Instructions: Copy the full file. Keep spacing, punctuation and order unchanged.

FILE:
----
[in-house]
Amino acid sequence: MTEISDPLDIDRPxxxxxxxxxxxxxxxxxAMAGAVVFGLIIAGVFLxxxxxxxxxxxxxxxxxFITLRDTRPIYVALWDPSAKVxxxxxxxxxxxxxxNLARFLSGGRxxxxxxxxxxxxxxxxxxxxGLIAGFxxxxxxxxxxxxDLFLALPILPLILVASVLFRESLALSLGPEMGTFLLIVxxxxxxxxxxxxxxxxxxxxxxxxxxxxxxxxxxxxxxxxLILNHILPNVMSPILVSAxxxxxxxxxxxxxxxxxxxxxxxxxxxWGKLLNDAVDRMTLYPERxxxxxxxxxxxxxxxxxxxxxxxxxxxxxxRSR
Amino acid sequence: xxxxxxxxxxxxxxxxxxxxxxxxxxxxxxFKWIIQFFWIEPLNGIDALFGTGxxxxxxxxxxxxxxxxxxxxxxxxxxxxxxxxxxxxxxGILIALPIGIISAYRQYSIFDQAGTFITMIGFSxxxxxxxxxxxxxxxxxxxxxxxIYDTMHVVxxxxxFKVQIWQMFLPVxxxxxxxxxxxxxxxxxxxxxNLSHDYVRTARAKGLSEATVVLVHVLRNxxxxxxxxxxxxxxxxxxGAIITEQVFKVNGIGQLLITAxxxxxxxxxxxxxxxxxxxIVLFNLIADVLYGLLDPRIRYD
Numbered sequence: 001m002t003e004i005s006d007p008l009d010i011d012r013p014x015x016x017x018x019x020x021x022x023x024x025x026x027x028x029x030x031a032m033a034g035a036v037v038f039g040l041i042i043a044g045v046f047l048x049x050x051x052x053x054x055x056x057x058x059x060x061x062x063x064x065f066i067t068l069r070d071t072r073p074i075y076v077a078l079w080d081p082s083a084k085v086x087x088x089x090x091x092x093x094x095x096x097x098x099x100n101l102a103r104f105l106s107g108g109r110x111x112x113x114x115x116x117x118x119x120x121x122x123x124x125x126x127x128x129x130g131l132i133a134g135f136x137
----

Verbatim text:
[in-house]
Amino acid sequence: MTEISDPLDIDRPxxxxxxxxxxxxxxxxxAMAGAVVFGLIIAGVFLxxxxxxxxxxxxxxxxxFITLRDTRPIYVALWDPSAKVxxxxxxxxxxxxxxNLARFLSGGRxxxxxxxxxxxxxxxxxxxxGLIAGFxxxxxxxxxxxxDLFLALPILPLILVASVLFRESLALSLGPEMGTFLLIVxxxxxxxxxxxxxxxxxxxxxxxxxxxxxxxxxxxxxxxxLILNHILPNVMSPILVSAxxxxxxxxxxxxxxxxxxxxxxxxxxxWGKLLNDAVDRMTLYPERxxxxxxxxxxxxxxxxxxxxxxxxxxxxxxRSR
Amino acid sequence: xxxxxxxxxxxxxxxxxxxxxxxxxxxxxxFKWIIQFFWIEPLNGIDALFGTGxxxxxxxxxxxxxxxxxxxxxxxxxxxxxxxxxxxxxxGILIALPIGIISAYRQYSIFDQAGTFITMIGFSxxxxxxxxxxxxxxxxxxxxxxxIYDTMHVVxxxxxFKVQIWQMFLPVxxxxxxxxxxxxxxxxxxxxxNLSHDYVRTARAKGLSEATVVLVHVLRNxxxxxxxxxxxxxxxxxxGAIITEQVFKVNGIGQLLITAxxxxxxxxxxxxxxxxxxxIVLFNLIADVLYGLLDPRIRYD
Numbered sequence: 001m002t003e004i005s006d007p008l009d010i011d012r013p014x015x016x017x018x019x020x021x022x023x024x025x026x027x028x029x030x031a032m033a034g035a036v037v038f039g040l041i042i043a044g045v046f047l048x049x050x051x052x053x054x055x056x057x058x059x060x061x062x063x064x065f066i067t068l069r070d071t072r073p074i075y076v077a078l079w080d081p082s083a084k085v086x087x088x089x090x091x092x093x094x095x096x097x098x099x100n101l102a103r104f105l106s107g108g109r110x111x112x113x114x115x116x117x118x119x120x121x122x123x124x125x126x127x128x129x130g131l132i133a134g135f136x137